The Telegraph
 
 
IN TODAY'S PAPER
CITY NEWSLINES
 
 
ARCHIVES
Since 1st March, 1999
 
THE TELEGRAPH
 
 
Email This Page
Long queue for relief bonds

Mumbai, Feb. 26: The current fiscal has been harsh on retail investors and pensioners who depend solely on interest income for their livelihood.

Jittery investors were seen clogging post offices and banks in a last minute bid to invest in Reserve Bank’s tax saving 8 per cent relief bonds and post office savings before the finance minister reviews the interest rates on Friday.

“Retail investors are coming in droves to invest in post office schemes and RBI bonds as they fear that the interest rates would be further pruned in the coming budget,” says Pankaj Modi, an agent for PPF and post office savings instruments.

Vidya S Wakharkar, an agent for post office schemes, rued that she has to queue up by 6.30 am at the post office to ensure that her clients get the peak rate of 9 per cent before a probable drop of 50 basis points in these schemes by March 1.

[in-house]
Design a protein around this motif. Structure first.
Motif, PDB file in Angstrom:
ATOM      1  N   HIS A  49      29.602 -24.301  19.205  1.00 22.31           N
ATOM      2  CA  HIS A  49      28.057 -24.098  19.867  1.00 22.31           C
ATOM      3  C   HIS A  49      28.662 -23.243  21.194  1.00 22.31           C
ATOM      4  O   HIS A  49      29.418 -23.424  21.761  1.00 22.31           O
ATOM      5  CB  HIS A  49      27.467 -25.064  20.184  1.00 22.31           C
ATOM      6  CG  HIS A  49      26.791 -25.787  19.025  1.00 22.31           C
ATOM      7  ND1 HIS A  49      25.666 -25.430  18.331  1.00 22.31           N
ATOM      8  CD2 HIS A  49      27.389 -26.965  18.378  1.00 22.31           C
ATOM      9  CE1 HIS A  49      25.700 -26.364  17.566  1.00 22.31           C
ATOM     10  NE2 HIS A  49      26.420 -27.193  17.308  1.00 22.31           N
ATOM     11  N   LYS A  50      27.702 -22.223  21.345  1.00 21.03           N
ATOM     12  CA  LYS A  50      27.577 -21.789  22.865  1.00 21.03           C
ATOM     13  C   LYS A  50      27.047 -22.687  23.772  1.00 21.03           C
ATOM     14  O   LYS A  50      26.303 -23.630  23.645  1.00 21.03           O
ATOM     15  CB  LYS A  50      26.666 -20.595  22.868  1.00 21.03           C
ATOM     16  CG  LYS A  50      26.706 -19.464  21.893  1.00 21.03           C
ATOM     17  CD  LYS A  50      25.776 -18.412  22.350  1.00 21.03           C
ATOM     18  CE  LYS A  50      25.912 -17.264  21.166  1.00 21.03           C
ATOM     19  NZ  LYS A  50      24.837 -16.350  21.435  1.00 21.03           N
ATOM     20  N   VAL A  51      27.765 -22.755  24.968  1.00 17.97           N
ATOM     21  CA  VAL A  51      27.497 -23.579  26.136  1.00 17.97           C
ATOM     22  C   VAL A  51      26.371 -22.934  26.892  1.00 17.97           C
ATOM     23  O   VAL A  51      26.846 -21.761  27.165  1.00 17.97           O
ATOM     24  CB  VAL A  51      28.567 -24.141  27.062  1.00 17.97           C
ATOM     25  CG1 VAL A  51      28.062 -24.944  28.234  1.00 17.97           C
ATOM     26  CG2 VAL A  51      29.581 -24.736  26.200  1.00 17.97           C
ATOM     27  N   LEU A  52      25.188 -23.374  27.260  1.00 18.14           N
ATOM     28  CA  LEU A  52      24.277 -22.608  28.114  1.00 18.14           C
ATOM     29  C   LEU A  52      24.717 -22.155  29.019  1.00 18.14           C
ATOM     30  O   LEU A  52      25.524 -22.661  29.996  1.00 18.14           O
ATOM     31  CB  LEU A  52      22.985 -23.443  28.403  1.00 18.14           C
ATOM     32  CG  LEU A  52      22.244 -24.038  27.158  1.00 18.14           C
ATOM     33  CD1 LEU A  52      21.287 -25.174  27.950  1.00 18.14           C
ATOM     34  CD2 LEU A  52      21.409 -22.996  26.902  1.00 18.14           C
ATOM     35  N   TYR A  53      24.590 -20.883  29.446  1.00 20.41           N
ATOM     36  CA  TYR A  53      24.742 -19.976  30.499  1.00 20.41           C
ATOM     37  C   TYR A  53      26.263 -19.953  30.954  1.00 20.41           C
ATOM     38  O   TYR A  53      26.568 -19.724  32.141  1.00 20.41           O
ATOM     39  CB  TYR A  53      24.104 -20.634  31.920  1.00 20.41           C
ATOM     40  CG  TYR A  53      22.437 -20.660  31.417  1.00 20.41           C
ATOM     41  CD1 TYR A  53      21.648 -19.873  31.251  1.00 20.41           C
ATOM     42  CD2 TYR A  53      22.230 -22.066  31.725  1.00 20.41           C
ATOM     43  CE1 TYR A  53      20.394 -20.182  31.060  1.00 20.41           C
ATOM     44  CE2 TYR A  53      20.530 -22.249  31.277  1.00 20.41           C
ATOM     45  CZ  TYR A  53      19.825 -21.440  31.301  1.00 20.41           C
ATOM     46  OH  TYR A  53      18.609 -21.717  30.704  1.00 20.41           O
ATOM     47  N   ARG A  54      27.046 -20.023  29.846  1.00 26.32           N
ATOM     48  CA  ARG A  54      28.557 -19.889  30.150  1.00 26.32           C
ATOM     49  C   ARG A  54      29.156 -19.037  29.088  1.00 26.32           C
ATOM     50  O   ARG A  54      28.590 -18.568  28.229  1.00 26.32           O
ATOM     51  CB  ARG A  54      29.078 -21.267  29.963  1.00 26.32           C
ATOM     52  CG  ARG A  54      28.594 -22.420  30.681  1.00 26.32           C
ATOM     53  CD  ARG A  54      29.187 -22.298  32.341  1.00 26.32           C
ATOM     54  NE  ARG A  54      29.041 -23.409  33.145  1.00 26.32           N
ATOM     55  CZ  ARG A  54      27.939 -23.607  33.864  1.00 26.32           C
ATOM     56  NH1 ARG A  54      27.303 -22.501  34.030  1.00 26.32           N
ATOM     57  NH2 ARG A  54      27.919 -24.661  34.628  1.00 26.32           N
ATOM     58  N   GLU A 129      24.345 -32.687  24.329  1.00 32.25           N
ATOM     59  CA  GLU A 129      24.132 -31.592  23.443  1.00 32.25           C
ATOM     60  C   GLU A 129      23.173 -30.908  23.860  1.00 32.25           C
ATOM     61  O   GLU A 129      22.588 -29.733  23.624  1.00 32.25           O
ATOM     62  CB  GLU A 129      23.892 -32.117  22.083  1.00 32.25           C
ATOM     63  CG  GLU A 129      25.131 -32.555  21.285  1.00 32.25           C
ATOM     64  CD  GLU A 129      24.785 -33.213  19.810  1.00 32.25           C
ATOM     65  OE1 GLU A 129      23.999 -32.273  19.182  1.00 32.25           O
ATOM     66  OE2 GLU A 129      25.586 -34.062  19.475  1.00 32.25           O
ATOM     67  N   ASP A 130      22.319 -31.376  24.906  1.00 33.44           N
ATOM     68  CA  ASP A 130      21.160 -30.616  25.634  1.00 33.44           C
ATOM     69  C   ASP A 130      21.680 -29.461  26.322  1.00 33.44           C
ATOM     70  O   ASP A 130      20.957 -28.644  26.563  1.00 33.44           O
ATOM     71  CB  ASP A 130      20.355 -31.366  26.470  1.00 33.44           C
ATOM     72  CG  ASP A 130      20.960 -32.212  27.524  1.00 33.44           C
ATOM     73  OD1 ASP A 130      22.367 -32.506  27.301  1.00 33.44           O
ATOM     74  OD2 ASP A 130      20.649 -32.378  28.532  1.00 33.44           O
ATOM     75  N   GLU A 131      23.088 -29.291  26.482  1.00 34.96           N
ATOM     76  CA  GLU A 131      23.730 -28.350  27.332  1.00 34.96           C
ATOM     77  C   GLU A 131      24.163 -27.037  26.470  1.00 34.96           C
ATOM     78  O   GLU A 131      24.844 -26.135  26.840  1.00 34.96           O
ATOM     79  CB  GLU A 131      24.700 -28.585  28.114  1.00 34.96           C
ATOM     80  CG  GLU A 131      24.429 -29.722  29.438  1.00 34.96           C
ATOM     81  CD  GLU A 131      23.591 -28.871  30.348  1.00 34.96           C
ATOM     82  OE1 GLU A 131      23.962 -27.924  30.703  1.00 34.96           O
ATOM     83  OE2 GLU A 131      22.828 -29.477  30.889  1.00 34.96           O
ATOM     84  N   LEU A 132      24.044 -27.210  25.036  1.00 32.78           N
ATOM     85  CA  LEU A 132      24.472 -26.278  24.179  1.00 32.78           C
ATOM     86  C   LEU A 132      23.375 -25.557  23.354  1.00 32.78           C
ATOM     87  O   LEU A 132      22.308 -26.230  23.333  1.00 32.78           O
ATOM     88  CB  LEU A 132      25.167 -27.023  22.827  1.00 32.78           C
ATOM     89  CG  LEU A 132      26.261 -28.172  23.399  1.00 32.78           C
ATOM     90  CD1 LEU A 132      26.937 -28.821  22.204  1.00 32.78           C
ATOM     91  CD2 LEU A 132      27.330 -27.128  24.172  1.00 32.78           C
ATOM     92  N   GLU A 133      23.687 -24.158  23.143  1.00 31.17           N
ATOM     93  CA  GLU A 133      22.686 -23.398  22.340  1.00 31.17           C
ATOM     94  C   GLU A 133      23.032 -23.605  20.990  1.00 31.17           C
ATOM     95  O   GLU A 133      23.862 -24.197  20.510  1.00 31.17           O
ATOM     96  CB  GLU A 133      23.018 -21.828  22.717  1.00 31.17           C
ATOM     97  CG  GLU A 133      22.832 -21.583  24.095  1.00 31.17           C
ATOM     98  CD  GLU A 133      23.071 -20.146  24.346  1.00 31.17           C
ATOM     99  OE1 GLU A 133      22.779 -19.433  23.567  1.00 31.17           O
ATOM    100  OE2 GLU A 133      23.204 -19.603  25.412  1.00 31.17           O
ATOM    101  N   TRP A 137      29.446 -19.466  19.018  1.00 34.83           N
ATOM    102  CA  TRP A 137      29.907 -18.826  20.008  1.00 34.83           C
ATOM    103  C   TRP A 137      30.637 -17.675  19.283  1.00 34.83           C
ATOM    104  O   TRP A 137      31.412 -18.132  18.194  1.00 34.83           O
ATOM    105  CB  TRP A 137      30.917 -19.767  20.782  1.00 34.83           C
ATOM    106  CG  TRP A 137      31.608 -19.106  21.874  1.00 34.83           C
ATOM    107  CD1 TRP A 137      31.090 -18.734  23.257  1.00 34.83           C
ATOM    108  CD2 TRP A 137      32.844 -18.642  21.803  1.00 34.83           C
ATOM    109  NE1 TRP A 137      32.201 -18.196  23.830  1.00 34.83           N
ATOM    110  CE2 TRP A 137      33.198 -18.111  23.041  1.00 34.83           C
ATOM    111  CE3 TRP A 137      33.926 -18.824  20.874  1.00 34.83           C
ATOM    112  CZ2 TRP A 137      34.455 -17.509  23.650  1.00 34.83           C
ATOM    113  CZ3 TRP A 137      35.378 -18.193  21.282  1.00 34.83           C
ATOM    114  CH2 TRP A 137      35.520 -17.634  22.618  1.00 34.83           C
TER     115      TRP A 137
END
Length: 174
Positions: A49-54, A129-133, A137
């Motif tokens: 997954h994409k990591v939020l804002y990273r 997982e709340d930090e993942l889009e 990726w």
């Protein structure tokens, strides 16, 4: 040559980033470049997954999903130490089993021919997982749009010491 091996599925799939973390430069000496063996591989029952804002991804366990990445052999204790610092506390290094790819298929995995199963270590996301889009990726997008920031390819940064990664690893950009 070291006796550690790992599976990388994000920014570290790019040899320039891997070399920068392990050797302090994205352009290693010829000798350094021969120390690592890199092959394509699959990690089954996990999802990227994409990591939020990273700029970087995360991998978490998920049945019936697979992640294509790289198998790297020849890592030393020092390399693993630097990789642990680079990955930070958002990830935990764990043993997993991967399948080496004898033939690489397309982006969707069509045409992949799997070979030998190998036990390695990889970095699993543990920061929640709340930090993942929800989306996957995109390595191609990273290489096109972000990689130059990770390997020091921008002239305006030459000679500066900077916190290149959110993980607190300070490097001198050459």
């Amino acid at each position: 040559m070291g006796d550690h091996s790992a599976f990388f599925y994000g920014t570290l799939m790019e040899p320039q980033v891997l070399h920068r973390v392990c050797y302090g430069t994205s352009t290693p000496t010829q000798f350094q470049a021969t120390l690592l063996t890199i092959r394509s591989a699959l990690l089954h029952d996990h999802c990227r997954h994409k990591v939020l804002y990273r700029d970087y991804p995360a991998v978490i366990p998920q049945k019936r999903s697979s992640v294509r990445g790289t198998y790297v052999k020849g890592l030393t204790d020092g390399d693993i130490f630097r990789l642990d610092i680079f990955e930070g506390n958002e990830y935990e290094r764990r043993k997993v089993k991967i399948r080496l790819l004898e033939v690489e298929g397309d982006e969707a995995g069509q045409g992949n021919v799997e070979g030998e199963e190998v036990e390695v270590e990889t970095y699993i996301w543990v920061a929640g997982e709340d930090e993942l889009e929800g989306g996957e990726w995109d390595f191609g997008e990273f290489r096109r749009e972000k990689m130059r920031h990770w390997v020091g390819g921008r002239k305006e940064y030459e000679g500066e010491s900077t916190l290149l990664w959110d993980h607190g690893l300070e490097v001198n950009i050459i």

“Some agents arrive around 6 am, two hours before the post offices open, as they can apply only up to 11 AM. While the counters for retail investors are open till 1 PM,” she added.

Moreover, post offices are also warning investors that cheques realised after March 1 may attract a lower interest rate if the finance minister decides to streamline the rates in line with other gilts.

Normally, there is a rush of retail investors who make a beeline before post offices to beat the revision in interest rates. But retail investors and agents aver that this is the first time the city post offices are seeing such a rush of investors.

Market is expecting the finance minister to cut the interest rates on small savings by 50 basis to 100 basis points in the forthcoming budget. Investors realise that investing in post office monthly income schemes with a 9 per cent interest rate could yield a return of almost 10.34 per cent per annum, which is very attractive in the current low interest rate regime.

Yields on fixed interest instruments like fixed deposits have been falling sharply. The volatility witnessed in the debt segment has also frightened small investors away from the fixed income schemes.

Top
Email This Page